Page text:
Skip to main content
Premium Trial:

Request an Annual Quote

ISB Spinout Arivale Raises $36M in Series B Financing to Provide Science-Based Wellness Advice

NEW YORK (GenomeWeb) —Institute for Systems Biology spinout Arivale plans to provide customers with personalized health recommendations based on a variety of molecular and lifestyle datasets, including their genome sequence.

The company, co-founded in early 2014 by ISB President Lee Hood, CEO Clayton Lewis, and ISB Associate Director Nathan Price, said today that it raised $36 million in a Series B funding round that was led by venture firms Arch Venture Partners and Polaris Partners. Maveron, which led Arivale's $3 million Series A round, also participated in the latest round.

Based in the Pioneer Square area of downtown Seattle, Arivale currently has 19 employees and plans to grow to more than 50 by the end of this year. The new funding will go towards marketing, tests performed on clients, and growing the staff.

The firm's scientific advisory board boasts a number of big names in personalized medicine and genome technology, such as Eric Topol of the Scripps Research Institute, Robert Green of Brigham and Women's Hospital and Harvard Medical School, and George Church of Harvard Medical School.

The company promises to provide its clients with "a scientific path to wellness." According to Lewis, "People come to Arivale because they want to understand what their current baseline health is, they want to optimize their wellness, and they want to avoid diseases."

The firm's approach builds on a pilot study for ISB's 100K Wellness Project, results from which Hood presented at a conference this spring. For the pilot, which was conducted last year, 107 individuals had their genomes sequenced and received regular blood, saliva, and fecal sample tests to measure metabolites, protein markers, and the gut microbiome. They also wore fitness trackers to follow their activity and sleep patterns, and they reported their nutrition. Based on the results, a nutrition-trained coach provided them with individualized health recommendations, or "actionable possibilities," to optimize their wellness and help them avoid disease.

In many cases, recommendations came out of the integration of two types of data, Hood said. For example, a number of participants had very low levels of vitamin D, and an analysis of their genomes identified six variants that are associated with decreased uptake of vitamin D. "It looks like individuals with many of those blocking variants require significantly more levels of vitamin D to bring them back to the normal level," Hood said, and only the combination of the two results led their doctors to prescribe extra vitamin D.

Correlating different data types statistically on a big scale "will provide us the ability to create metrics to measure wellness, both psychologically and physiologically, so that in the future, these quantitative metrics can be used objectively to optimize wellness," he said.

Hood said that 70 percent of the pilot study participants followed the advice they were given, which is "in large part due to the effectiveness of the coaches." ISB researchers are in the midst of writing up the study results, which they plan to submit to a journal within the next couple of months.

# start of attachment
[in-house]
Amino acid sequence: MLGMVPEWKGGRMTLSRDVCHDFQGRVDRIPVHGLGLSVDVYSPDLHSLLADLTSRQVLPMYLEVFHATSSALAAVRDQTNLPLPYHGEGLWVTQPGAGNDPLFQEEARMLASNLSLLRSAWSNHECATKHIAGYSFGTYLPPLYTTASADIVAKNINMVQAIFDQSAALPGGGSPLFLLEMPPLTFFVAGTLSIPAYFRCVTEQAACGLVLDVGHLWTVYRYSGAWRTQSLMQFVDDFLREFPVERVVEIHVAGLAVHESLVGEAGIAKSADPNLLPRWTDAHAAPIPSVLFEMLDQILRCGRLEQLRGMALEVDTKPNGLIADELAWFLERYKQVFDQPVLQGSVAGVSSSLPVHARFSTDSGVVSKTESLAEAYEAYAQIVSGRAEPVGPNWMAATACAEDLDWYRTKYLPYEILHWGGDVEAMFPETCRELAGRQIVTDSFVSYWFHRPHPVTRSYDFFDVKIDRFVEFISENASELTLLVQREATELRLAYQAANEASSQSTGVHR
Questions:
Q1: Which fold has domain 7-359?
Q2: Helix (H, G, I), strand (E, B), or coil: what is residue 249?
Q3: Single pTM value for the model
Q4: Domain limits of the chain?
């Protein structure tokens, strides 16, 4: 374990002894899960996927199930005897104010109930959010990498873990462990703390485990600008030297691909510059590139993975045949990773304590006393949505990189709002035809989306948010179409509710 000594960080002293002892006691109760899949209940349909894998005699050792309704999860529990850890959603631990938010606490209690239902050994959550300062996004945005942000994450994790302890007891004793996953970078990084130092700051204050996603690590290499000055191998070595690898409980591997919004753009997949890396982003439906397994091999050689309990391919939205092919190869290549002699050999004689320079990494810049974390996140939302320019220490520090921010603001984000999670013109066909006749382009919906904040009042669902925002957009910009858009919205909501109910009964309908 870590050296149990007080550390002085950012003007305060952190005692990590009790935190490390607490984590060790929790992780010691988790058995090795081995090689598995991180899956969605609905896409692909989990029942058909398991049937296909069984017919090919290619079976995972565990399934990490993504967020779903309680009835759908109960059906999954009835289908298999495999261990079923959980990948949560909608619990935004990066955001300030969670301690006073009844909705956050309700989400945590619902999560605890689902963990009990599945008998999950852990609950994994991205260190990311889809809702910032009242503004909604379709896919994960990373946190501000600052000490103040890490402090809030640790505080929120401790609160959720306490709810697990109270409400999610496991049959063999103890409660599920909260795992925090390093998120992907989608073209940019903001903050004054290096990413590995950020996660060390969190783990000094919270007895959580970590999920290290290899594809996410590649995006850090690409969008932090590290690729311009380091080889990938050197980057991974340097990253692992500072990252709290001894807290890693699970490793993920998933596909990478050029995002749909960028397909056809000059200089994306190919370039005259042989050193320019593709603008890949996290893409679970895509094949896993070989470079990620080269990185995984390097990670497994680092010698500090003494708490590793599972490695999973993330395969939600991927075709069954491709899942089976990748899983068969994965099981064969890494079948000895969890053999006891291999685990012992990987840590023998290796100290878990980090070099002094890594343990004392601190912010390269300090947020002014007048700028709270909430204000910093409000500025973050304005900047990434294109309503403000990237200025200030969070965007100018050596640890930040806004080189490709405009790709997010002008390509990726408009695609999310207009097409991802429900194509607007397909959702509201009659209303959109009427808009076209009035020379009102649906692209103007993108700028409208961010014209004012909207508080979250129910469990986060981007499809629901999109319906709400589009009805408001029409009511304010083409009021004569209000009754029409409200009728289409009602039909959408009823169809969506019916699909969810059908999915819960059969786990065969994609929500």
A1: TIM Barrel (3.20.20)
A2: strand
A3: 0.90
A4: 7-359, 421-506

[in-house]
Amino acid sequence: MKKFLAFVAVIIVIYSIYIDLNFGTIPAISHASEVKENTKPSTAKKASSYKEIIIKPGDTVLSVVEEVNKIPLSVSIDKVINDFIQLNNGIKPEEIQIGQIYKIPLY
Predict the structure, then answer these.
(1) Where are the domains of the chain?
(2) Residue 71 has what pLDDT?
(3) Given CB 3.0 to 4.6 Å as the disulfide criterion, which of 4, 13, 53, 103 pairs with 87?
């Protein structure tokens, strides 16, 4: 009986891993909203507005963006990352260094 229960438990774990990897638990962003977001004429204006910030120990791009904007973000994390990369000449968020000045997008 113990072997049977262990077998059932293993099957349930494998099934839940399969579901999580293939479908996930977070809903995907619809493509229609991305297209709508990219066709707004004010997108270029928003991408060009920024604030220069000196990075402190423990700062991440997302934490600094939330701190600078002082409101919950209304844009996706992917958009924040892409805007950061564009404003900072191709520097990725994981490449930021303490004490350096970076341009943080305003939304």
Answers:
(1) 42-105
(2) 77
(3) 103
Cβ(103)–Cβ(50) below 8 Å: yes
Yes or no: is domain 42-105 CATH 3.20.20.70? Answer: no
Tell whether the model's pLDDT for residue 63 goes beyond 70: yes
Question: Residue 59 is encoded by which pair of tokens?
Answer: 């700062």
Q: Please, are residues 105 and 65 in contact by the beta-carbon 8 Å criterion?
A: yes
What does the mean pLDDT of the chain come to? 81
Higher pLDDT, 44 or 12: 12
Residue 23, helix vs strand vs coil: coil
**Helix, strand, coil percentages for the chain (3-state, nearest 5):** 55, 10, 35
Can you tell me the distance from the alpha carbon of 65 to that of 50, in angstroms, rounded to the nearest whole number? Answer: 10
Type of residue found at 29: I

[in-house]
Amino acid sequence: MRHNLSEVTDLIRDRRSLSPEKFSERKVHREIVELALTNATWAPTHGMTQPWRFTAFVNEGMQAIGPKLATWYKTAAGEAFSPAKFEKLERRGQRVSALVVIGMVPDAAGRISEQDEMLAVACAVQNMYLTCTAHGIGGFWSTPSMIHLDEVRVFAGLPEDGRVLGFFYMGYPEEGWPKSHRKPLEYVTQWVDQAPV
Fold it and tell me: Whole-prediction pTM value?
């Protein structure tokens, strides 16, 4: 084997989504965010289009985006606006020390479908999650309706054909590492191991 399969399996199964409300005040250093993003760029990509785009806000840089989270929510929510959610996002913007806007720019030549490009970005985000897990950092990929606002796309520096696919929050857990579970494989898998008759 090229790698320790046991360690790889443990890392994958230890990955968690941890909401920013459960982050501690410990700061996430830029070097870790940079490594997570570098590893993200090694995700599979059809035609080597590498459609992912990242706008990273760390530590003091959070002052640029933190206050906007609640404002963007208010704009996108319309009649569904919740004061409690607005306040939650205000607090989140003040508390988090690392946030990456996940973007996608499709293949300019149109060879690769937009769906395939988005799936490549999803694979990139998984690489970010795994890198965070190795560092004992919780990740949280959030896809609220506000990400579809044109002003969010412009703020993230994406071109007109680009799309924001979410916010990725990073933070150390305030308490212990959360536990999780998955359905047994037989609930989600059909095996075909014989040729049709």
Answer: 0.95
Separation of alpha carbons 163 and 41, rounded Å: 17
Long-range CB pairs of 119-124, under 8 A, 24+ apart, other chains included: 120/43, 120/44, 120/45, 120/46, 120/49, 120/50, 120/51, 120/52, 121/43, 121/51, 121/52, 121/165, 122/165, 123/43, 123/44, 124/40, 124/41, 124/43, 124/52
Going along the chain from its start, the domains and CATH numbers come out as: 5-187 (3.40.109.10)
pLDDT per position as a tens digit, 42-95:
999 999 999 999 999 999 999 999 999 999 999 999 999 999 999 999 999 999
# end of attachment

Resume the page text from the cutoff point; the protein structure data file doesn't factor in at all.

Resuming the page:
ISB has decided to grow the number of participants in the 100K Wellness Project through strategic partnerships with healthcare systems, companies, and other research organizations, and Arivale is one of these partnerships, according to a company spokesperson. The institute itself will focus on "its core scientific strengths in discovery science, which include systems medicine, new technologies, and big data analytics."

Arivale will provide its clients with essentially the same services that participants of the pilot study received, all of whom are invited to become Arivale customers.

For a fee of $2,000 per year, clients will have their genomes sequenced and get a FitBit activity tracker. Every four months, they also undergo a variety of blood and saliva tests and have their gut microbiome analyzed. In addition, they are assigned a coach, a registered dietitian, for monthly health recommendations.

"Because we have this longitudinal data on them every four months, we are getting a science-based snapshot of what has been the impact of the changes they have made in their lifestyle choices," Lewis said.

However, the company will not report medical genetic results from their genomes that predict an increased risk for a specific disorder, such as cancer, restricting itself to genetic information related to nutritional wellness and lifestyle. For example, while it will report mutations associated with hereditary hemochromatosis to a patient's doctor — which happened during the pilot study for a patient who also had high levels of iron — it will not report mutations in the BRCA genes.

Lewis said there are "regulatory limits of what we can share out of the gate," but the company expects these regulations will evolve over time.

Arivale does not only cater to essentially healthy individuals, though. A number of clients who signed up at a pre-launch in Seattle two weeks ago, for example, have chronic diseases, Lewis said.

The company is initially offering its services only in Seattle and, starting this fall, in San Francisco, but it has not determined yet how many customers it will take on this year. Its first clients are expected to obtain results within the next few weeks, and the firm plans to expand into other markets in 2016.